‘Stochastic approximation’ methods are useful in optimising mathematical functions that arise in a range of applications such as machine learning. Despite successful implementations, significant technical and theoretical challenges remain which impede the practical implementation of such state-of-the-art algorithms to more diverse sets of real world problems. This project aims to develop and improve the mathematical ‘machinery’ that will help tackle these challenges.
Explaining the science
‘Stochastic approximation’ methods (such as stochastic gradient descent) are algorithms that can be used to optimise noisy functions. They track key parameters of interest in data streams which can have changing dynamics over time. The adaptive nature of stochastic approximation methods make them highly applicable in a range of applications, particularly in machine learning.
They are also closely related to MCMC (Markov chain Monte Carlo) and to other algorithms for sampling from a distribution, such as the stochastic gradient Langevin dynamics. Despite successful implementations, significant technical and theoretical challenges remain which impede the practical implementation of such state-of-the-art algorithms to more diverse sets of real world problems. In many cases (e.g. in engineering, finance) the function required to optimise the processes involved isn’t a continuous one, which makes the application of the desired algorithms much more challenging.
Another difficulty is posed by the fact that real data streams are often not ‘Markovian’ – i.e. the future state of the data stream will not be based solely on its present state, but on the past evolution of a potential multitude of related factors, e.g. in financial markets, weather forecasts, wear out of heavy machinery, traffic networks etc.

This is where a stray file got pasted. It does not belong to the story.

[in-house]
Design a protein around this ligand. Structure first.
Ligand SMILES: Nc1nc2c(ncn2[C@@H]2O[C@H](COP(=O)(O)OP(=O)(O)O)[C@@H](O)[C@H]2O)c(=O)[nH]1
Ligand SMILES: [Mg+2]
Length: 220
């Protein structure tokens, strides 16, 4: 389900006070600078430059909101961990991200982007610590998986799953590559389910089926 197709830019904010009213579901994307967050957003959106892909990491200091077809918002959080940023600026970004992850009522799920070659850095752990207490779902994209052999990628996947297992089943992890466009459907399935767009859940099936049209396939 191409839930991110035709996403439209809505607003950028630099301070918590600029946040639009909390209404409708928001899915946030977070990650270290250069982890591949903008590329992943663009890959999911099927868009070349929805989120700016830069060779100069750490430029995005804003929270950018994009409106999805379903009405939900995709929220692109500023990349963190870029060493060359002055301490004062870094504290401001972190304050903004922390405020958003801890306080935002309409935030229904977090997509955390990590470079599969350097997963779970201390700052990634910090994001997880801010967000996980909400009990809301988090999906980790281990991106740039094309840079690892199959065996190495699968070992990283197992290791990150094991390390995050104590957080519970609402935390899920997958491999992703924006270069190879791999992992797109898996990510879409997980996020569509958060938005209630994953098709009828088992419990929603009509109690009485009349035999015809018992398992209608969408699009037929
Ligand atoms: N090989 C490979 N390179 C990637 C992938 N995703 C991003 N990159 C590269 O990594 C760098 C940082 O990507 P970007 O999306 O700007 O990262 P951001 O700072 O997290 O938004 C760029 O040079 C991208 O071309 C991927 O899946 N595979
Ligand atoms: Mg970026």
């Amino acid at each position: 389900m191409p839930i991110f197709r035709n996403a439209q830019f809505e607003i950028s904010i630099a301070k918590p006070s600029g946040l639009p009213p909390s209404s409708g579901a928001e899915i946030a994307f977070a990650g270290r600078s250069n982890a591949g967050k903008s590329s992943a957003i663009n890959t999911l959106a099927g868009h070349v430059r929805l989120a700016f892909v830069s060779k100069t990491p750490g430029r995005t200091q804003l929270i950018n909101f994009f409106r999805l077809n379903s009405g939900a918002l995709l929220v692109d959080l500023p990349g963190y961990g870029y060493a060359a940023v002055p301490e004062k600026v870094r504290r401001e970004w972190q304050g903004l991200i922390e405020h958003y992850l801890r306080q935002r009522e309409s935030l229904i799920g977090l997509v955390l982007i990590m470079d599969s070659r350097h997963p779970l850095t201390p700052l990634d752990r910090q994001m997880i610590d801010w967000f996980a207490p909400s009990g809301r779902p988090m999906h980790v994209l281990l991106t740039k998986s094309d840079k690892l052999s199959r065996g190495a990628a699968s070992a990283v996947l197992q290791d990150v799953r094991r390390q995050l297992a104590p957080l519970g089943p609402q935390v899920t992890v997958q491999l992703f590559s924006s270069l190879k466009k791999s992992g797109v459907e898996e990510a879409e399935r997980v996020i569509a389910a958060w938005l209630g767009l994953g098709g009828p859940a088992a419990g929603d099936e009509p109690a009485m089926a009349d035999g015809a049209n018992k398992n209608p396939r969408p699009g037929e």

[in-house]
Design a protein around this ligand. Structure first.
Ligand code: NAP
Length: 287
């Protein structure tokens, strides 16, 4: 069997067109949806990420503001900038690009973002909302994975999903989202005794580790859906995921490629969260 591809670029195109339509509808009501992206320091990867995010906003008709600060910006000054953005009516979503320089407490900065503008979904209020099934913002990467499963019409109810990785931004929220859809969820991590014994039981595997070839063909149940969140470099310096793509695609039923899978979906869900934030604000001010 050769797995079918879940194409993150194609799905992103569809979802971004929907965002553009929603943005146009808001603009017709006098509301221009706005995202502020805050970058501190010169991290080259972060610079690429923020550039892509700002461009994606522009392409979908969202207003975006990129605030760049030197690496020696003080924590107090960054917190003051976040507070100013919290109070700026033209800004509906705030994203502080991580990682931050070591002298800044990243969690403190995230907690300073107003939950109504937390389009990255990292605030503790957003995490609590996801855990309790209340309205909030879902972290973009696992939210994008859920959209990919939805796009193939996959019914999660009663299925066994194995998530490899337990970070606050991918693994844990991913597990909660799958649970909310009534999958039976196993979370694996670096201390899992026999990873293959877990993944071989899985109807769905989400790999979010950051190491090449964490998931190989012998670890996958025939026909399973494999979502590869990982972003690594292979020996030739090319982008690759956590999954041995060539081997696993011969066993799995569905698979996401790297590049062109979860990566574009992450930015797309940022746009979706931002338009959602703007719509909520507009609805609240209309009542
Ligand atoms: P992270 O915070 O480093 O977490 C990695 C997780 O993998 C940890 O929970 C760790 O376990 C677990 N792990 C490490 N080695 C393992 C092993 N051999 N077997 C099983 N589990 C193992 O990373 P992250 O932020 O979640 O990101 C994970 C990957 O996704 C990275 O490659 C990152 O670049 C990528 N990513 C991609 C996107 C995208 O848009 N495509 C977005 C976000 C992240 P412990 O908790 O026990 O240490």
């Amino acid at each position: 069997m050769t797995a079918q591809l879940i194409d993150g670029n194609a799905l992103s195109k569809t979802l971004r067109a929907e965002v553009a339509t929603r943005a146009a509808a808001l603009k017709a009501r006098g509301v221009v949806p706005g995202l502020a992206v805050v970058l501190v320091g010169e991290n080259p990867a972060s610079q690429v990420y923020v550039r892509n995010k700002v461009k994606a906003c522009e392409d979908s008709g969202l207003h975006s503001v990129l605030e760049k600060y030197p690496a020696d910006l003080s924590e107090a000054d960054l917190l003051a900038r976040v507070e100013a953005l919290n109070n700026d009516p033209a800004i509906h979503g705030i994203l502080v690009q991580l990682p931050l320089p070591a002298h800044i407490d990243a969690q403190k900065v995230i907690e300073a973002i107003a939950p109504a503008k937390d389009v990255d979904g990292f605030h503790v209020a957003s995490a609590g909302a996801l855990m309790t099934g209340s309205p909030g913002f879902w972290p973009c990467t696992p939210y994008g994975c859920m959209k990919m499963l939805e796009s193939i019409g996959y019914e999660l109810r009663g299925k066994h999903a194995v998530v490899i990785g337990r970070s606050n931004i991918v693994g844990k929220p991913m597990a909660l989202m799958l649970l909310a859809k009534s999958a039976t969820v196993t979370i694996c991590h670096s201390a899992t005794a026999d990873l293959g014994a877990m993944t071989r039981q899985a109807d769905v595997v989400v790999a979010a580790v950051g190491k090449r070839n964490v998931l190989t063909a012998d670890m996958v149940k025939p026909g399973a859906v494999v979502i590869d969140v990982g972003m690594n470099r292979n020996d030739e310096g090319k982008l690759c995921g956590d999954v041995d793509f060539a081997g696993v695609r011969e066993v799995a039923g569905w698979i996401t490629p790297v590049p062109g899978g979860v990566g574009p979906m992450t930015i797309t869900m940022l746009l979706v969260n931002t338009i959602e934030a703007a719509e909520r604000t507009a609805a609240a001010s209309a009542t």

Public lecture by Prof Eric Moulines on the promises and pitfalls of stochastic gradient Langevin dynamics (SGLD)
This project aims to tackle the challenges detailed in ‘Explaining the science’ by developing and improving upon the currently available mathematical machinery behind stochastic approximation algorithms. This will allow these algorithms to be adaptable to a range of diverse real world data sets, particularly those found in engineering and machine learning.
The work requires substantial advances of the relevant ‘ergodic theory’ relating to these methods. The central concern of ergodic theory being the behaviour of dynamical systems that run for extended lengths of time, a real world example being industrial machinery lifespans. Tackling discontinuities and non-Markovian phenomena would make a significant step ahead in this area.
Stochastic approximation methods are the dominant method in the training of deep neural networks (DNNs), which can achieve superior performance compared to other methods in many data intensive tasks across multiple disciplines including engineering, finance, and medicine. As an example, DNN-based acoustic models have been shown to work excellently in automatic speech recognition systems which have value in a huge range of industrial activities.